Figure 1

Distribution of participants categorised as low EA by screening tools. Non-overlapping areas represent all participants who were categorised as low EA using that test. Overlapping areas represent the subset of participants who were categorised by two or more tests. Sixty-eight participants met the low EA criteria for all three tests.

Health consequences

Using the conglomerate definition of low EA, the low EA group had a higher prevalence of menstrual dysfunction, impaired bone heath, endocrine abnormalities, metabolic impairment, haematological abnormalities, psychological disorders, cardiovascular symptoms and gastrointestinal symptoms (figure 2A; P<0.05). No differences in growth and development or immunological function were found between EA groups (figure 2A; P>0.05). Similar results were observed in subset analysis evaluating each health outcome in the three ED/DE screens separately and when grouped into two screen combinations (data not shown). The only exception was using BEDA-Q as the only screening measure for low EA. This analysis did not demonstrate differences between low and adequate EA in bone health, growth and development, and immunological function, and metabolic impairment only trended higher in the low EA versus adequate EA group (3.58% vs 2.46%, P=0.064).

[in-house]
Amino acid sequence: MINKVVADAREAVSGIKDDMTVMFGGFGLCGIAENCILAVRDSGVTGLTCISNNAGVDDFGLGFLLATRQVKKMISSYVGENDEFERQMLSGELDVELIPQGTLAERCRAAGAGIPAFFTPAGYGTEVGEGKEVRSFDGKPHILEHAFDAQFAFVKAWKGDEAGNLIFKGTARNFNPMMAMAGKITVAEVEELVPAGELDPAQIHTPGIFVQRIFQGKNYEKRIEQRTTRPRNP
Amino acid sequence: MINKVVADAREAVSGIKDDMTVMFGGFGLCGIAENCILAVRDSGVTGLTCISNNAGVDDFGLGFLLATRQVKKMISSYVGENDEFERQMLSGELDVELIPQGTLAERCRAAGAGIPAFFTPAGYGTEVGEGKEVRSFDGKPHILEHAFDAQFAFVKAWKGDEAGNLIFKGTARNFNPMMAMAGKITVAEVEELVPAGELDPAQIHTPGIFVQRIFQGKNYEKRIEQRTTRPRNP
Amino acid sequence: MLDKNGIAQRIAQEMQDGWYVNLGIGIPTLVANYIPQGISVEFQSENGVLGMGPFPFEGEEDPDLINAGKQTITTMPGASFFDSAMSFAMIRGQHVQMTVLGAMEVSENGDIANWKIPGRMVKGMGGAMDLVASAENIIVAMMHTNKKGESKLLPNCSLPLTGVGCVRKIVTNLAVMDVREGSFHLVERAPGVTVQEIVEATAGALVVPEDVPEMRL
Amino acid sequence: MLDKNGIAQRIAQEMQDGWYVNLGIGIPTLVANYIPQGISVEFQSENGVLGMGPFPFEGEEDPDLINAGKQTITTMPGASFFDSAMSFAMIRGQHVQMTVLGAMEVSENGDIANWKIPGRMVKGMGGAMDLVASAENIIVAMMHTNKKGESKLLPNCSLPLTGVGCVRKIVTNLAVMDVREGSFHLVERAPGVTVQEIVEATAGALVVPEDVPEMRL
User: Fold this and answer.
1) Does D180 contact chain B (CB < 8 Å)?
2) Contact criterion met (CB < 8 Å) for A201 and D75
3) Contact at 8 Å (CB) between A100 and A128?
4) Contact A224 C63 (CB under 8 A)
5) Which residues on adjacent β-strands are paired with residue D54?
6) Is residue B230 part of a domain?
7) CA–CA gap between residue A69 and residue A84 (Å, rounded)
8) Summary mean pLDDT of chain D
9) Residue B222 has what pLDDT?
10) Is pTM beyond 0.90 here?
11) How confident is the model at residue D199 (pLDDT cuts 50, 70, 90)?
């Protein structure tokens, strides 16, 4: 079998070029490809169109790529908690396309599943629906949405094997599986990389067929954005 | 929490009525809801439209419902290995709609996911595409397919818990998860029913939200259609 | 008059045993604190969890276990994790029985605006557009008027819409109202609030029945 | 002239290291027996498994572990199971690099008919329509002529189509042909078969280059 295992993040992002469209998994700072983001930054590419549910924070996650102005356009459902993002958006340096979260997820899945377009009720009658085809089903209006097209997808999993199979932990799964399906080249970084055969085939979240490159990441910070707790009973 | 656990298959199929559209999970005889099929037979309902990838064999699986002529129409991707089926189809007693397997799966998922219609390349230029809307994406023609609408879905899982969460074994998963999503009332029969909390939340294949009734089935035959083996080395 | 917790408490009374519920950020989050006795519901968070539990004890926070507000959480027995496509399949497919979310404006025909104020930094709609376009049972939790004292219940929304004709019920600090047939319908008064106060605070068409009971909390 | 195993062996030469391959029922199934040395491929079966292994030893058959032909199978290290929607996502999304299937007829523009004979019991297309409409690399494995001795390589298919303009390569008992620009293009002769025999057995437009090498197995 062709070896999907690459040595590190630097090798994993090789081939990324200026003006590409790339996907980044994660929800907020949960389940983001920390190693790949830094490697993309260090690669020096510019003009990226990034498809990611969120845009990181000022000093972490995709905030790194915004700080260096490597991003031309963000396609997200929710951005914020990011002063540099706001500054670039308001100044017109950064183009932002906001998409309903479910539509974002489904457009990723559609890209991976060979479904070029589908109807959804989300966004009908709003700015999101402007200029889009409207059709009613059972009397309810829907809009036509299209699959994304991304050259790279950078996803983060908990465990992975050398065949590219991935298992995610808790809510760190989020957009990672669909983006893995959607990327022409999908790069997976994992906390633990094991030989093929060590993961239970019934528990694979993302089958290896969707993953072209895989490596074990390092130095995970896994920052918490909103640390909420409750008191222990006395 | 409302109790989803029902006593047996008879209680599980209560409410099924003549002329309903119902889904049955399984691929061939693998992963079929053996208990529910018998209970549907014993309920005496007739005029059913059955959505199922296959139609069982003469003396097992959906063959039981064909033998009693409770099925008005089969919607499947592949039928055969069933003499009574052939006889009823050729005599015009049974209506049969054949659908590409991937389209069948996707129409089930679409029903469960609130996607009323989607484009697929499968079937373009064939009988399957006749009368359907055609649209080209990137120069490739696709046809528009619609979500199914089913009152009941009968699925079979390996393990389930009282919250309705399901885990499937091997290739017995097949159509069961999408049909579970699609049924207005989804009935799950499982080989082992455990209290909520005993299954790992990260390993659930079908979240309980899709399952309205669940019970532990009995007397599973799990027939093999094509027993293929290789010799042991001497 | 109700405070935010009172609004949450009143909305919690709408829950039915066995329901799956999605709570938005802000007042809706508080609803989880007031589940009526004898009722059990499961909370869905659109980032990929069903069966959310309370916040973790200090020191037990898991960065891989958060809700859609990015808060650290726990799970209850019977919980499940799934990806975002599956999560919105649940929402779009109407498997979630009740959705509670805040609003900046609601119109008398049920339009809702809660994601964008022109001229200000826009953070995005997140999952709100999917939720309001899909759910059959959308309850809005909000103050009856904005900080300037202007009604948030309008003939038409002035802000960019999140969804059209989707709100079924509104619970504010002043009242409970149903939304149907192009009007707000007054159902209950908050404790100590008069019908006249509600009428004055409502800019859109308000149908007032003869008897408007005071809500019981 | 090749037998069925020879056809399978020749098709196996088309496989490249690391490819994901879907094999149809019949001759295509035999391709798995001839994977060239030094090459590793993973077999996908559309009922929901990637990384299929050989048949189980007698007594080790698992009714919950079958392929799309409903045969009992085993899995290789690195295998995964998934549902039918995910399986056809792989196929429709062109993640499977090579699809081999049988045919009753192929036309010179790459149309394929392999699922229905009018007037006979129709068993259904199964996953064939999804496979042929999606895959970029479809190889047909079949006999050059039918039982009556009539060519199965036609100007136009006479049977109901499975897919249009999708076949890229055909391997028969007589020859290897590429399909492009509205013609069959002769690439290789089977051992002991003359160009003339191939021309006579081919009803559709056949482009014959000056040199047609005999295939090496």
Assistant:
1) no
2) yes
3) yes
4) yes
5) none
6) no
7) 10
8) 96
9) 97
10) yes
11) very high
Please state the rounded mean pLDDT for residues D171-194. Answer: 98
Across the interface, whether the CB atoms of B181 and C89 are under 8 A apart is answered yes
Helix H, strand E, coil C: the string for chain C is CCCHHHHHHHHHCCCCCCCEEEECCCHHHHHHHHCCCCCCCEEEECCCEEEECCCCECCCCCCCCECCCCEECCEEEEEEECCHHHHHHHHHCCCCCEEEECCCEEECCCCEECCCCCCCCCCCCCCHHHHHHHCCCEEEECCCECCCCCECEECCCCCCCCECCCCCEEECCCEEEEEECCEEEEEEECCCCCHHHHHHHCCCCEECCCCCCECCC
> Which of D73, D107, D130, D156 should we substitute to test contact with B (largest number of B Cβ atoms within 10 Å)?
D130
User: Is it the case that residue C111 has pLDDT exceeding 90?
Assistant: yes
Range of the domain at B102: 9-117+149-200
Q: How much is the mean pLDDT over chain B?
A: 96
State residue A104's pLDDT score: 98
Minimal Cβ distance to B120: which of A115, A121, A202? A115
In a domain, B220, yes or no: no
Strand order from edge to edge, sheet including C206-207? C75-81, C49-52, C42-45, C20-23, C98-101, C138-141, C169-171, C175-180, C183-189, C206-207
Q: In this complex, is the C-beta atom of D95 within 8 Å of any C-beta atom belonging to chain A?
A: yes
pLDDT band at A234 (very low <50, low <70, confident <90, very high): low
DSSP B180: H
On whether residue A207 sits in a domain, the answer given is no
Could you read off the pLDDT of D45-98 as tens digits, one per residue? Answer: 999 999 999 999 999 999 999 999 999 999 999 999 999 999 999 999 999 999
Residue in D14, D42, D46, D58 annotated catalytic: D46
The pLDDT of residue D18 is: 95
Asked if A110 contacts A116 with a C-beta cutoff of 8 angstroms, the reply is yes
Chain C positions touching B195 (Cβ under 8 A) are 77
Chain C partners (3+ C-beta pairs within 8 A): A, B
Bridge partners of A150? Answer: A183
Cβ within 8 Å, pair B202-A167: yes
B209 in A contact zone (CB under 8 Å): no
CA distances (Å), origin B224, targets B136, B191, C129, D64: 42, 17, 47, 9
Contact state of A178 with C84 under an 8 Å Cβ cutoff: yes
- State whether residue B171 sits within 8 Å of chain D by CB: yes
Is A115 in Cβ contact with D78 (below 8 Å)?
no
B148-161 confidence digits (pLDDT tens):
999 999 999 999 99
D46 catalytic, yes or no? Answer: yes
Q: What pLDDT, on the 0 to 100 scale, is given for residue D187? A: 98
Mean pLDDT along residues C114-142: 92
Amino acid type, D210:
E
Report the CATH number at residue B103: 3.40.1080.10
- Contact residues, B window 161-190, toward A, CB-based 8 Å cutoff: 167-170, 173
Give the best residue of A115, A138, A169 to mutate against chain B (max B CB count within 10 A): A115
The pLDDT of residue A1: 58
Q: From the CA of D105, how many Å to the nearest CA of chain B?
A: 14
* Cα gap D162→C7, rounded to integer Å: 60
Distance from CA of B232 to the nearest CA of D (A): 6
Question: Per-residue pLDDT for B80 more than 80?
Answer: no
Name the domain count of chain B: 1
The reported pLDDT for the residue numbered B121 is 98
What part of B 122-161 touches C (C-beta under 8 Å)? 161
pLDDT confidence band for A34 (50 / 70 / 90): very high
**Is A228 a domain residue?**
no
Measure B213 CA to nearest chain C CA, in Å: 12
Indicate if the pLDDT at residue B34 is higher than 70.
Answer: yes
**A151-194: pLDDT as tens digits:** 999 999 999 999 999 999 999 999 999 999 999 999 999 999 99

Figure 2

(A) The prevalence of potential health-related RED-S consequences in those with and without ED/DE/high BEDA-Q/ESP score (surrogates for low EA/RED-S). Prevalence expressed as % of adequate EA with health consequence versus % of low EA with health consequence. (B) The prevalence of potential performance-related RED-S effects in those with and without ED/DE/high BEDA-Q/ESP score (surrogates for low EA/RED-S). Prevalence expressed as % of adequate EA with performance consequence versus % of low EA with performance consequence.

The likelihood of suffering various health consequences with low EA is shown in table 2. Athletes with low EA were three times more likely to suffer metabolic issues, more than 2.5 times more likely to suffer cardiovascular issues, 2.4 times more likely to report a history of psychological issues, 1.6 times more likely to report a history of haematological issues and nearly 1.5 times more likely to report gastrointestinal issues compared with adequate EA athletes.

Table 2

Odds of negative health consequences in low EA versus adequate EA

Performance effects

Athletes with low EA had a greater prevalence of decreased training response, impaired judgement, decreased coordination, decreased concentration, irritability, depression and decreased endurance performance compared with the adequate EA group (figure 2B). No evidence of a difference in injury rate was found between low and adequate EA groups (figure 2B). These results largely held when each ED/DE screen was analysed separately and when grouped into two-screen combinations (data not shown). The only exception was BEDA-Q: this analysis identified no difference between groups for endurance (low EA 21.48%, adequate EA 18.72%, P=0.284) or injury (low EA 39.39%, adequate EA 35.63%, P=0.231). Subset analysis using BEDA-Q in combination with ESP found no evidence of a difference between groups for injury, but trended toward a difference in endurance (low EA 22.46%, adequate EA 17.92%, P=0.08).